Too little, too late

    162

    HONG KONG Chief Executive Carrie Lam’s withdrawal of the controversial extradition bill was nothing more than a drop in the bucket in the face of the tidal wave of massive protests happening in its 13th consecutive week.

    What once could have been the balm to soothe the anger of the Hong Kong people was nothing more than a passing report in the news. Lam’s refusal to listen to the position of the anti-extradition bill movement and the harsh treatment of police towards its own people have fueled the protests even further, elongating the list of demands from one to five.

    Lam’s handling of this crisis in Hong Kong is a foreshadowing of what Hongkongers fear the most under complete integration with Beijing: unyielding and unhumanitarian rule. Even reports of a slowdown in tourism-related revenue (hotel bookings, retail, and others) do not seem to make a dent in the resolve of the protesters, many of whom press on day after day.

    Instead of being worn out, it looks like the protest movement is finding new ways to express itself, from screaming messages of support (“Hongkongers, add oil!”) from the windows of their apartments at 10 in the evening to school children choosing to sing the song from Les Misérables “Do You Hear The People Sing?” over the national anthem. The song in question has become the unofficial anthem of what has been dubbed as the Summer of Discontent, heard from protests on the streets to sit-ins at the Hong Kong International Airport.

    Beijing has been largely flummoxed about the situation in Hong Kong, unable to respond with its conventional tools of crushing dissent. The diplomatic rumor mill is awash with stories of growing discontent at President Xi Jinping’s handling of the Hong Kong problem, with many quietly expressing doubt whether the situation can be resolved at all in China’s favor.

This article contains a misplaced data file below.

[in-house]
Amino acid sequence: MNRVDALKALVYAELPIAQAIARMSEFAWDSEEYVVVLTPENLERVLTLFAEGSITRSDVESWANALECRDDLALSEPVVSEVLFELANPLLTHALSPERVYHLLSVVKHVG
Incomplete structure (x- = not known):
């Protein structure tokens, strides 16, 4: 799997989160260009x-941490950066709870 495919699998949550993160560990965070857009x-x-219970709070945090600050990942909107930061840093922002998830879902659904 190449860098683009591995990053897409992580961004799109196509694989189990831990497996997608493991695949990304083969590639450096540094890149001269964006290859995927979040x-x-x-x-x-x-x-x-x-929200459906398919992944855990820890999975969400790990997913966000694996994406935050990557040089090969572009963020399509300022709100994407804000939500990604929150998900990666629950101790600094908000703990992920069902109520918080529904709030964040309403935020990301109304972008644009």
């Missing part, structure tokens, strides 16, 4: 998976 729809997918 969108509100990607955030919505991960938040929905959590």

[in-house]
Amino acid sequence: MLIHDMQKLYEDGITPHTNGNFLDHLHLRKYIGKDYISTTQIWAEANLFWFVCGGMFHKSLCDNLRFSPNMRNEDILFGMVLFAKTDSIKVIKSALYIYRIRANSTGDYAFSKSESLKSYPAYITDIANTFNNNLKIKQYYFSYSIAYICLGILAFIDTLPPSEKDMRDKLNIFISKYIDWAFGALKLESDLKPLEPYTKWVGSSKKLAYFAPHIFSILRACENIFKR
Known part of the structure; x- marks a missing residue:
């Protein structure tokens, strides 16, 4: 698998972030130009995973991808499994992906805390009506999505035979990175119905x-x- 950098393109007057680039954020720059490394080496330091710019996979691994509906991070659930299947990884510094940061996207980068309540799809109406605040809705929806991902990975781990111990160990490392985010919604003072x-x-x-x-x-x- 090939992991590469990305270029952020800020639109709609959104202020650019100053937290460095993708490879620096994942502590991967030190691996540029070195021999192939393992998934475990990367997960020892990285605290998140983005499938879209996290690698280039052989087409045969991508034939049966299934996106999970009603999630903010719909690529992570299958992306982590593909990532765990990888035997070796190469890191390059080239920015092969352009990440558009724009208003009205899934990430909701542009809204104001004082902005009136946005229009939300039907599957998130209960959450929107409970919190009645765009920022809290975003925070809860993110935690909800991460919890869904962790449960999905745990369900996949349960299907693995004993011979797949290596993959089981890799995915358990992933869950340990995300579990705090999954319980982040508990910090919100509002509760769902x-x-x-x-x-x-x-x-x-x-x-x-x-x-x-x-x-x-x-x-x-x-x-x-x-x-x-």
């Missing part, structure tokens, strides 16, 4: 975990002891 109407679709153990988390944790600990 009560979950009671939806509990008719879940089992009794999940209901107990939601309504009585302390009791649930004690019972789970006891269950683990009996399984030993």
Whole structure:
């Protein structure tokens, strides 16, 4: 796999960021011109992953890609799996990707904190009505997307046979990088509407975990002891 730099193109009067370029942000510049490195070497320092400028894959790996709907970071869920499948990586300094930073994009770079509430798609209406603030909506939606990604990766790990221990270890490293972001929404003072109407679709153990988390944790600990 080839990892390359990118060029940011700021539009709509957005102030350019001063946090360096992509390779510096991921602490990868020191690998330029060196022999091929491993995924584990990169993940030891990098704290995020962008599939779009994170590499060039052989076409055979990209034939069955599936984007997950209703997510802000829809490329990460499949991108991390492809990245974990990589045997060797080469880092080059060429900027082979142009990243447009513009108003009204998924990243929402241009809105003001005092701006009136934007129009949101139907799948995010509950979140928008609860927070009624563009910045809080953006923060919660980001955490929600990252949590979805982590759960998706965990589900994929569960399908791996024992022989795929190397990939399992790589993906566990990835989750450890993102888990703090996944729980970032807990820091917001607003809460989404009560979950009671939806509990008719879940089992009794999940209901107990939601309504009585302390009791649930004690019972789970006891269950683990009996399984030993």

China cannot afford a repeat of the June Fourth incident in 1989, more popularly known as the Tiananmen Square incident. More than 10,000 people then were said to have been arrested during and after the protests, while the death toll remains a mystery as the Chinese government never released an official count.

    While replicating their response to Tiananmen Square is within the universe of possibilities, China knows that it cannot do so without severe consequences from the international community. China cannot cement its superpower status in the global community with a massacre in Hong Kong. There are too many eyes, too many ears, and too many mouths that won’t be shut in the event of a violent massacre of Hong Kong citizens.

    But the longer the protests go on, the more China loses face with its own citizens in the mainland. The hawks within its ranks are constantly squawking that the failure to definitively resolve the Hong Kong situation shows weakness on the part of the Chinese government, a weakness than may be exploited by the “enemies” of China. So as each day passes, there is likely a more aggressive push and pull between those advocating a swift and final solution to the protests and those who would like a more tempered approach.

    Either way, in its own absolutist perception, China loses.

    It seems like the people of Hong Kong will continue to give Xi Jinping more sleepless nights in the weeks to come.